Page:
Microsoft has produced the prototype of a new stylus that may be used to input even on non-touch screens. The groundbreaking technology is said to rely on a mounted camera that can be used to track both movement and angle across a screen. The latest Microsoft blueprint has the camera looking out of the side of the stylus body off-center, so it views the display at an angle. That lets it deduce the angle it is being held at due to how different pixels are in and out of focus.
The device debuted in MIT’s Technology review and has already been proclaimed revolutionary although there are no plans of bringing it to production in the near future. Microsoft is currently contemplating whether to push forth its development with the aim of creating a marketable product. The biggest challenge with their stylus is to make it track pressure sensitivity on multiple screens without damaging them.
The biggest advantage of the device would be that it can work on any screen. Microsoft is currently looking to expand market share for its Windows 8 operating system for PC’s as well as touch screen tablets like its latest offering, Surface. Numerous desktop and laptop users have criticized that certain features of the OS are tricky to use by means of mouse and keyboard. A stylus planned to work on any laptop or desktop LCD monitor could help lessen such protests.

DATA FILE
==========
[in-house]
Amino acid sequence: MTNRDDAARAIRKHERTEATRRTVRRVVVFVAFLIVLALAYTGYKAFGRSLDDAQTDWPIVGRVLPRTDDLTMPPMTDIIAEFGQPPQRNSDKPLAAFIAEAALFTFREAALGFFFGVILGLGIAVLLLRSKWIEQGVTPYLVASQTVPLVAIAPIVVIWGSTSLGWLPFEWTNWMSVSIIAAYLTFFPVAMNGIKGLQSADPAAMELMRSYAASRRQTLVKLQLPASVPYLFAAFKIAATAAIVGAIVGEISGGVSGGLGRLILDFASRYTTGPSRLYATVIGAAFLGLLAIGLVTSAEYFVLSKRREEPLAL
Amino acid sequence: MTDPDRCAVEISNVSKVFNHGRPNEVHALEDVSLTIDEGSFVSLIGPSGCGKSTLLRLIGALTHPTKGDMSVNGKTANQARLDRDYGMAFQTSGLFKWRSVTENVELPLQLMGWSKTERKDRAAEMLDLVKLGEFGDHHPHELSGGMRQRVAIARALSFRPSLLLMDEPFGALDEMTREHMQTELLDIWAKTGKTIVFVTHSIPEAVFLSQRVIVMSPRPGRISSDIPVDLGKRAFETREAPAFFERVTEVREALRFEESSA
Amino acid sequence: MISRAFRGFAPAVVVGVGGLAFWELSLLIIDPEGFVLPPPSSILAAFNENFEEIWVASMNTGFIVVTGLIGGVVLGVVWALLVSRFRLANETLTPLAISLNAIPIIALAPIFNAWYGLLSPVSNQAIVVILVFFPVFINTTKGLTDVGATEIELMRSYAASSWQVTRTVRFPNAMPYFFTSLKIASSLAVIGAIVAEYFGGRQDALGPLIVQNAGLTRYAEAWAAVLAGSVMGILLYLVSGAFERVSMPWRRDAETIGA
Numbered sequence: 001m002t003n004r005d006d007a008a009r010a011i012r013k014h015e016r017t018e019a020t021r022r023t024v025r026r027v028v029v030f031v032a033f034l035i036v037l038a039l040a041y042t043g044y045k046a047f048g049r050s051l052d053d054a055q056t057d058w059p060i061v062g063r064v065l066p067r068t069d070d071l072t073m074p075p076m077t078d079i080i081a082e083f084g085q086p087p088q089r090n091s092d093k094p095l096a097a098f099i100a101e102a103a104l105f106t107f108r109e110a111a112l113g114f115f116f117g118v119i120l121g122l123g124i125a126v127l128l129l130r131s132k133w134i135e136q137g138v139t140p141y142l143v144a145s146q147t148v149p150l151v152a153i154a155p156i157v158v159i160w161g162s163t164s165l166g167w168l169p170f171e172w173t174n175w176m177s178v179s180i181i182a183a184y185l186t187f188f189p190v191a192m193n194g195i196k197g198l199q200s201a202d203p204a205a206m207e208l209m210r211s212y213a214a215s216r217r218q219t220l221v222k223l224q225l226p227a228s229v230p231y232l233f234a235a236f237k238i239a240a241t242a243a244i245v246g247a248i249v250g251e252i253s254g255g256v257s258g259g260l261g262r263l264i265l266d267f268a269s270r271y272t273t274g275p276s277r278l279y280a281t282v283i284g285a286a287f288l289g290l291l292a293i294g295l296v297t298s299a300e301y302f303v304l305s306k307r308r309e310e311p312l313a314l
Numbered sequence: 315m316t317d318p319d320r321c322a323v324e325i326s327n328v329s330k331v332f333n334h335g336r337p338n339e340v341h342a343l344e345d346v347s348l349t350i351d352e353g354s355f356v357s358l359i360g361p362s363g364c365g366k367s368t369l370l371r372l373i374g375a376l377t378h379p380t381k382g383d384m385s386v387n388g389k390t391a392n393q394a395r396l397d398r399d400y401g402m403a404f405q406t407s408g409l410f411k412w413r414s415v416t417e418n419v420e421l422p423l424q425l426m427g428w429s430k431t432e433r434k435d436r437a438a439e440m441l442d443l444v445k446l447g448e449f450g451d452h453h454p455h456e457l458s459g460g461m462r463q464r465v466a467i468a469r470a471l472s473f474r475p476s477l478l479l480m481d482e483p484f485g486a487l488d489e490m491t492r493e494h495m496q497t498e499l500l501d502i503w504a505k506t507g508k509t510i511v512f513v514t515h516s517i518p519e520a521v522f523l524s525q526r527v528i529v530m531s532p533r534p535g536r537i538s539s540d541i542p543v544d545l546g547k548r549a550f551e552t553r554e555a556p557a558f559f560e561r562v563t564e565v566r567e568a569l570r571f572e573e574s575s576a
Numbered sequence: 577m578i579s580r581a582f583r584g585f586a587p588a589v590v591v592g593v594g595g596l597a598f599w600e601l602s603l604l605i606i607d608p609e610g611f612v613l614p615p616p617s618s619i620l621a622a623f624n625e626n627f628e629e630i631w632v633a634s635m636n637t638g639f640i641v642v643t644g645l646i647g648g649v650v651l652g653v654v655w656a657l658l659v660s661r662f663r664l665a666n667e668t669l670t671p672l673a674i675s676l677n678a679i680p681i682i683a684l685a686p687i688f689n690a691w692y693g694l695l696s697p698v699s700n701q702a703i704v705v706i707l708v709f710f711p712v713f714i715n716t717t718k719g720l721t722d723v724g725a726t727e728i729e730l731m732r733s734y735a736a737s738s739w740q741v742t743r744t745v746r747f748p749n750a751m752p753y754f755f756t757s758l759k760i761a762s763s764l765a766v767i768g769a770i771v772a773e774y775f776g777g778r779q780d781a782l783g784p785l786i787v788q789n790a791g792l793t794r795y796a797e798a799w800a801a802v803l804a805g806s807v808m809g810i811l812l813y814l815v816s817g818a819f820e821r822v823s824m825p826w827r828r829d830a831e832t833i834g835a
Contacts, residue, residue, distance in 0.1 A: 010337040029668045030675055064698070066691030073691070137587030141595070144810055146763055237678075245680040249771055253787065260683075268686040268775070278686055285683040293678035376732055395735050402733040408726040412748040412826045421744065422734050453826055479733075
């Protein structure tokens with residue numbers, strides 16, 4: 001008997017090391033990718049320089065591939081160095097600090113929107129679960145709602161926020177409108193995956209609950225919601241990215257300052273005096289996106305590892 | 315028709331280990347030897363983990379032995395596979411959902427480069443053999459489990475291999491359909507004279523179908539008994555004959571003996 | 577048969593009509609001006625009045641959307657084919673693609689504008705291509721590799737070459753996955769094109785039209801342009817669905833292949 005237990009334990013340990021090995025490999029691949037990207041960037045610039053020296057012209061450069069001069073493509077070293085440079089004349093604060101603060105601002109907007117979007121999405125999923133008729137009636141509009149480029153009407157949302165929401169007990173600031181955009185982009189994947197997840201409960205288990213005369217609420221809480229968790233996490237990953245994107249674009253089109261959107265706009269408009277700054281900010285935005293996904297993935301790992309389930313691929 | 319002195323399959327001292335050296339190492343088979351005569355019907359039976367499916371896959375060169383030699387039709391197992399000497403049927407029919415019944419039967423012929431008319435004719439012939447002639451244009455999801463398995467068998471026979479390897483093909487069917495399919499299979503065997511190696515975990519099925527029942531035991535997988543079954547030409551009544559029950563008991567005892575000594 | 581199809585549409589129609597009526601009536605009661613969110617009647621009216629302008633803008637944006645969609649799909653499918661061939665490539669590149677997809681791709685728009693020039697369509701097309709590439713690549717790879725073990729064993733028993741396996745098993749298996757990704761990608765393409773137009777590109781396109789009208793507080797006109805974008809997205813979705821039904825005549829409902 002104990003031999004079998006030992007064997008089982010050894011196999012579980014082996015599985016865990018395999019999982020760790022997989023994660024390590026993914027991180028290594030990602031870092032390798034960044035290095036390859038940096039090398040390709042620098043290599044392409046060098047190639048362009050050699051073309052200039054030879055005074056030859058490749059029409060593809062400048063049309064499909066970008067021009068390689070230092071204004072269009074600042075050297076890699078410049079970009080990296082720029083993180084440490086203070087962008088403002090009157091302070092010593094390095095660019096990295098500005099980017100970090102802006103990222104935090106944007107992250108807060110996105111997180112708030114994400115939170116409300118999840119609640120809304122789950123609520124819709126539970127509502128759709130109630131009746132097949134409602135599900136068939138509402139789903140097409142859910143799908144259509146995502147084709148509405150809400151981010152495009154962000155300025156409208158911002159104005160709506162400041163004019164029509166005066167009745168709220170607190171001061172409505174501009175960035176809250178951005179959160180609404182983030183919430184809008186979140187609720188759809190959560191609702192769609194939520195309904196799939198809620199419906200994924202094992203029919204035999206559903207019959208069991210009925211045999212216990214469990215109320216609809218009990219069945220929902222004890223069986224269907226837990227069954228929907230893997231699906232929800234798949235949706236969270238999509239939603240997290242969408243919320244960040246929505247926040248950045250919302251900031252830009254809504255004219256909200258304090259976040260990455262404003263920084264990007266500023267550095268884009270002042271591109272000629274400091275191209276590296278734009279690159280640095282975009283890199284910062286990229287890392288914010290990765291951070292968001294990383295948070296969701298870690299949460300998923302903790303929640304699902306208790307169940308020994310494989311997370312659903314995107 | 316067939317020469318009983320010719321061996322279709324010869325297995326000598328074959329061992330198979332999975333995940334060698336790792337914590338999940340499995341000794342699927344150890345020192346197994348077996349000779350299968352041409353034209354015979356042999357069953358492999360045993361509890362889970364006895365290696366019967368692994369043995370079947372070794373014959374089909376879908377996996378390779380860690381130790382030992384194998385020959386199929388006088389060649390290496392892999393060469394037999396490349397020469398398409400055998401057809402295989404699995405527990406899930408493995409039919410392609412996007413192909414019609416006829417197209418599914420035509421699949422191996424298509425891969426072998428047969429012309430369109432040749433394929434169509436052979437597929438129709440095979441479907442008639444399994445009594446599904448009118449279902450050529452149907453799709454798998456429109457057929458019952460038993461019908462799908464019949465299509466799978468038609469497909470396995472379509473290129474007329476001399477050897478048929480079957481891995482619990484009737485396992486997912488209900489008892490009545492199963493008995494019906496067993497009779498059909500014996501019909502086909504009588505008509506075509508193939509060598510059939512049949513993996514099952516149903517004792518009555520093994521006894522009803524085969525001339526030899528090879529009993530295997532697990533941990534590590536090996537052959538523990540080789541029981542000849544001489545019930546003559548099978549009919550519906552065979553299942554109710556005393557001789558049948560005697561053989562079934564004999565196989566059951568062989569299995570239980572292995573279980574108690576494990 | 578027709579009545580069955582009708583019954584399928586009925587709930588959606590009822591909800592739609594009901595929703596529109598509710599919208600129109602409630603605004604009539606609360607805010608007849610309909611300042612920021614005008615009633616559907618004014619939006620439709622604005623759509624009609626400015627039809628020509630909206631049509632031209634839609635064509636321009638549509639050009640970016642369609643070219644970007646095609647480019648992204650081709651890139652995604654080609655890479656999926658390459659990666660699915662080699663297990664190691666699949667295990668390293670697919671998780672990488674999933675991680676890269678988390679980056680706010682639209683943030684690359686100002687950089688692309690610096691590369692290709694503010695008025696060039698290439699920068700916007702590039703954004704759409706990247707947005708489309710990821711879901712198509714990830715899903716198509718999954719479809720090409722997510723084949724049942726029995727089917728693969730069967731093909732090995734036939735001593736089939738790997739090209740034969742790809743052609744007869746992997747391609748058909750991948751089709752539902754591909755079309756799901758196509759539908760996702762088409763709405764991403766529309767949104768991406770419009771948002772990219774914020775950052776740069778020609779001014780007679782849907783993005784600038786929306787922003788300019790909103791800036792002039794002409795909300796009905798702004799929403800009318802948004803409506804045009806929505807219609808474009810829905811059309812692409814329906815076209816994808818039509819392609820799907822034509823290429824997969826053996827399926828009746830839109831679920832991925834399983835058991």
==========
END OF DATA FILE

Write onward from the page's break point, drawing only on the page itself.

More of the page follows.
A spokesperson for Microsoft said that, “Microsoft Research is working on projects that include making our interactions with technology more natural; part of that focus includes multiple input methods.”
Although styluses are existing that work with any touch-screen device, such as an iPad or iPhone, they are fairly imprecise. Accurate stylus support necessitates an extra layer of sensors built into a device’s display, this can add costs. If this new Microsoft stylus model were to become widely available, it would permit accurate stylus use on any screen, even the ones that aren’t touch-sensitive.
The novelty Microsoft stylus is still only a prototype. The stylus needs to make a note of the standard brightness of around five groups of four pixels to learn precisely where it is. It then constantly reports this information back to the computer, which updates its screen and reacts fittingly. It has also been known to match images of a Windows desktop with and without that alteration of blue pixels shows that it isn’t perceptible. The software considered necessary to adjust a device’s blue pixels to include the location signal could be sold together with its driver.